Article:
Thursday, June 30, 2016

René Marie in Red

René Marie has a voice, an approach, an artistry, a fearlessness, that is so appealing - no cookie-cutter she.  A latecomer to the music industry (her debut album was issued in 1999 when she was 44), René Marie has more than made up for lost time.  "Sound of Red" is her 11th CD (her fourth for Motema Music), her first album of original songs since 2011's self-released "Black Lace Freudian Slip" (10 of 13 originals), and a continuation of her approach to telling honest stories.

This is certainly music that has been "lived in", played by her regular trio constituting of bassist Elias Bailey, drummer/co-producer Quentin E. Baxter, and her "new" pianist John Chin.  If you listen to the splendid interactions throughout, one can tell many of these songs were "worked out" on stage. "Lost" is the longest track (10:36) but moves organically from vocal to solos to "trading 4s" and has such a vitality you forget that the lyrics tell of woman tired of being used but cannot change. Each member of the group is important to the story, from the sparkling drums to the piano's rippling phrases to the bass solo that brings everyone does to earth and back to the blues.  Yet the music can't help but pick up and go back into a romp.

John Abbott photo
"Sweet songs" intermingle with pointed messages.  There's the delightful sway of "Colorado River Song" (replete with a handsome solo whistled by the vocalist) followed by "This is (Not) A Protest Song", a story about the "invisible" people in out society.  From the homeless artist to the aggressive woman with dementia to a battered woman with two children, René Marie sings that these people could be us "but for a couple twists of fate." In the background is a chorus of "gospel" voices, all supplied by Shayna Steele, and the quiet acoustic strumming of guitarist Thad DeBrock.  One of the prettier ballads is "Go Home", the story of a woman who tells her "lover" to get out of her bed and return to the person who loves him, the mother of his children - it's not that she wants him to leave but he needs to go.  With just Chin's expressive piano supporting her heartfelt vocal, this song touches one's heart.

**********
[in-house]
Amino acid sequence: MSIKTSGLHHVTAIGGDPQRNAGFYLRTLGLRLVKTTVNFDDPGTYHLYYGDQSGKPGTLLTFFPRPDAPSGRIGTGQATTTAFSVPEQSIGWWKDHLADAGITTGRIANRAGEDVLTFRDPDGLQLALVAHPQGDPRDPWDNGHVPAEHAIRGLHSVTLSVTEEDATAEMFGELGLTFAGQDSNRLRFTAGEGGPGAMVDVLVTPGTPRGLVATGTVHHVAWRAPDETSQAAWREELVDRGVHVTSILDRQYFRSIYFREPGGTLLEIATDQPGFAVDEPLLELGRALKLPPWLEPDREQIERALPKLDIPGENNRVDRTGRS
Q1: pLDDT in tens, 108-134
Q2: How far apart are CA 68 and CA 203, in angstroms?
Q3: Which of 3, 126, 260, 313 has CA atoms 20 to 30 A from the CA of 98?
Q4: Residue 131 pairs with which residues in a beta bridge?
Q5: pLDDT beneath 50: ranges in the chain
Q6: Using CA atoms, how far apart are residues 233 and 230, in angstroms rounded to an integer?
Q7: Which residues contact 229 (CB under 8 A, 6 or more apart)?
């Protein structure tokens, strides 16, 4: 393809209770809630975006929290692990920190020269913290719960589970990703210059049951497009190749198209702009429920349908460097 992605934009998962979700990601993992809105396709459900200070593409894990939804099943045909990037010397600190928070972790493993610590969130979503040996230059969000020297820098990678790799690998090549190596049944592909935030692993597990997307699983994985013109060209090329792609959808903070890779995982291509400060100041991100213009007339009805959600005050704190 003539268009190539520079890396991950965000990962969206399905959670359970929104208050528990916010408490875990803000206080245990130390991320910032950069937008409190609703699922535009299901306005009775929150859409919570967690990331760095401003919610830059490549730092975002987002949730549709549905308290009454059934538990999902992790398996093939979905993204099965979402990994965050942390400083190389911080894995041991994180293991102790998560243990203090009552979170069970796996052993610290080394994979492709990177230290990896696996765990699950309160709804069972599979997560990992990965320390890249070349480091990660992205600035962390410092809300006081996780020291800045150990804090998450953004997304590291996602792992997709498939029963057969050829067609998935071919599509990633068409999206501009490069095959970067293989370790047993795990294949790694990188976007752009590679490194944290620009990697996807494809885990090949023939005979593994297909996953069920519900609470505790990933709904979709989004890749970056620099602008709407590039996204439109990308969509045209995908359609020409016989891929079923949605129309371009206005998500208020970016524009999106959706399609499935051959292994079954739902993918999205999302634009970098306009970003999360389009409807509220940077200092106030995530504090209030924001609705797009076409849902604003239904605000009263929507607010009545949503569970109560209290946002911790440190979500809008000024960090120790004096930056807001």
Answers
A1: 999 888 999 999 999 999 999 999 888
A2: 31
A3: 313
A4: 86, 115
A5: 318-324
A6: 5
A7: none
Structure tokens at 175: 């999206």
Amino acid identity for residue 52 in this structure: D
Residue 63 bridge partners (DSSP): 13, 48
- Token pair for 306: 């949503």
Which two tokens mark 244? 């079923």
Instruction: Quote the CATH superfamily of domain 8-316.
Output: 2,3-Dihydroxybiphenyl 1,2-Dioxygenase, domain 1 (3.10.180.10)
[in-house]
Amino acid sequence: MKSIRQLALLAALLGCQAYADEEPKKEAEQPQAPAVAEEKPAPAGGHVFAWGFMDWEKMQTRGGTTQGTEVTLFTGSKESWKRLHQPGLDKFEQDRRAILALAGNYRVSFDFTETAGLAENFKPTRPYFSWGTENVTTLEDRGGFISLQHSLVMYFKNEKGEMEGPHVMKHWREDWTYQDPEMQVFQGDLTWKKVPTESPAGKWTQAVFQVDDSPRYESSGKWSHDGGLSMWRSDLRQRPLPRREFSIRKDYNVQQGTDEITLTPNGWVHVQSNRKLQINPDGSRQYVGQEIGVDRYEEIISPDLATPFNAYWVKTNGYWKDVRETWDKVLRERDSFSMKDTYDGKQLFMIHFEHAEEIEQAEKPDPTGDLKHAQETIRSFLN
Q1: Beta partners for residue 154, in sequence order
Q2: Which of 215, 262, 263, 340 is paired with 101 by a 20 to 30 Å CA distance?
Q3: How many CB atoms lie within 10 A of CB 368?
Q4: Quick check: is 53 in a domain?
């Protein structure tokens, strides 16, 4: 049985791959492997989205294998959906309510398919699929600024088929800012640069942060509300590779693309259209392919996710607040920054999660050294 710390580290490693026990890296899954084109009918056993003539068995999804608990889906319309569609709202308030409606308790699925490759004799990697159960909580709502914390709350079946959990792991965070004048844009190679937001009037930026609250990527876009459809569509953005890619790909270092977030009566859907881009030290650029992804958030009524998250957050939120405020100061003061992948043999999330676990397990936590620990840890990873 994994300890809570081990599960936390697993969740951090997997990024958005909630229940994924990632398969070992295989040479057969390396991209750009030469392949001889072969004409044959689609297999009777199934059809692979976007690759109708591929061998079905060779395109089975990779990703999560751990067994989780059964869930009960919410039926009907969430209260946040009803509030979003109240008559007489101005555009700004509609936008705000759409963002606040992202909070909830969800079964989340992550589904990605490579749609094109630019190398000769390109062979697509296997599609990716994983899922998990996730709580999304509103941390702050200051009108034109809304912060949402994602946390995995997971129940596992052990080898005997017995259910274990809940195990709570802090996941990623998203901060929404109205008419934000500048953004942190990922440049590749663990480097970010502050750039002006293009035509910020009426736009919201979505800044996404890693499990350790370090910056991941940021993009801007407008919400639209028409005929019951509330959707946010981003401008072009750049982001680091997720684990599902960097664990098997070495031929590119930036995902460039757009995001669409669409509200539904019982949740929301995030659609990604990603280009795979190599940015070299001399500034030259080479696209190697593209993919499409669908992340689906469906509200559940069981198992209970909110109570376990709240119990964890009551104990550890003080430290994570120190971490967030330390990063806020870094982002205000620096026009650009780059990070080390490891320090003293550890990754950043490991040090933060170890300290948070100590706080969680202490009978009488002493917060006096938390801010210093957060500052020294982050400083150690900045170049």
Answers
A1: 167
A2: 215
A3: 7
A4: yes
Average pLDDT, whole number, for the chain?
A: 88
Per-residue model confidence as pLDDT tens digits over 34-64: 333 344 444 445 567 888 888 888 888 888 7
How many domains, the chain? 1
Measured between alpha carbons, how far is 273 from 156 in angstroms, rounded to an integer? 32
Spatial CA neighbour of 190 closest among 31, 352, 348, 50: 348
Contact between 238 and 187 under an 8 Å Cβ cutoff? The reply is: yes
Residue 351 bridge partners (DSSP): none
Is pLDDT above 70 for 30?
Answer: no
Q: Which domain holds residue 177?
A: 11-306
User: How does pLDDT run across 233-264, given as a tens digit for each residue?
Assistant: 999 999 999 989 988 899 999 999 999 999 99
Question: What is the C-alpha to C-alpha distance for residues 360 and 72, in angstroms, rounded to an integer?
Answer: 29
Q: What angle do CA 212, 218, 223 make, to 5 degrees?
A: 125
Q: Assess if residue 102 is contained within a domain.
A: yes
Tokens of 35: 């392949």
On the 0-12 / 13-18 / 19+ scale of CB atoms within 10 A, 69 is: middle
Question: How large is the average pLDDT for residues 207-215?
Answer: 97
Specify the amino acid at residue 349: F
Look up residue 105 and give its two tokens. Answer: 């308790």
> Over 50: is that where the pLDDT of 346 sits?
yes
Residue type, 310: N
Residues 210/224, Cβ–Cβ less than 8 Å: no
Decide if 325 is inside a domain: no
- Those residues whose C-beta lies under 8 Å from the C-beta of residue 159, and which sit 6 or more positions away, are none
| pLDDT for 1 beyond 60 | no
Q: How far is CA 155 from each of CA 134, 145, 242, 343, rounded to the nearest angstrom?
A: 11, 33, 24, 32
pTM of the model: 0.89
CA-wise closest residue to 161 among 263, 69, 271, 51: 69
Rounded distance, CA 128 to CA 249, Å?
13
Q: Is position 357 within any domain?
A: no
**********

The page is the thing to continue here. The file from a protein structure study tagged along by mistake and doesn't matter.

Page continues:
Etienne Charles adds his trumpet and arranges the small horn section of trombonist Michael Dease and tenor saxophonist Diego Rivera to the sultry and spunky "If You Were Mine" (which one might view as the precursor to "Go Home"). Mr. Charles and company are also featured on the romping "Joy of Jazz" which tells the story how jazz developed in South Africa, a real dancing track, Chin's piano scampering atop the hot rhythm section with the horns adding support.  Romero Lubambo's acoustic guitar leads the way into "Certaldo", a love story set in Tuscany but with a Brazilian influence.  The title song features the soulful alto saxophone of Sherman Irby, digging into the funky sway of the rhythm section and making sure you understand the "Sound of Red" is rooted in the blues.

René Marie closes this recording, arguably her finest, with "Blessings", a musical benediction for the world, filled with joyous wishes for a peaceful life.  Baxter's martial drumming is reminiscent of John Robinson's snare work on Steve Winwood's "Back In the High Life Again" in the way the drums support and color the narrative, making sure we pay attention to the singer's message.  Do pay attention to "Sound of Red" because your life will be richer and brighter for the experience.

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Here's René Marie with the band plus Sherman Irby on the title track:

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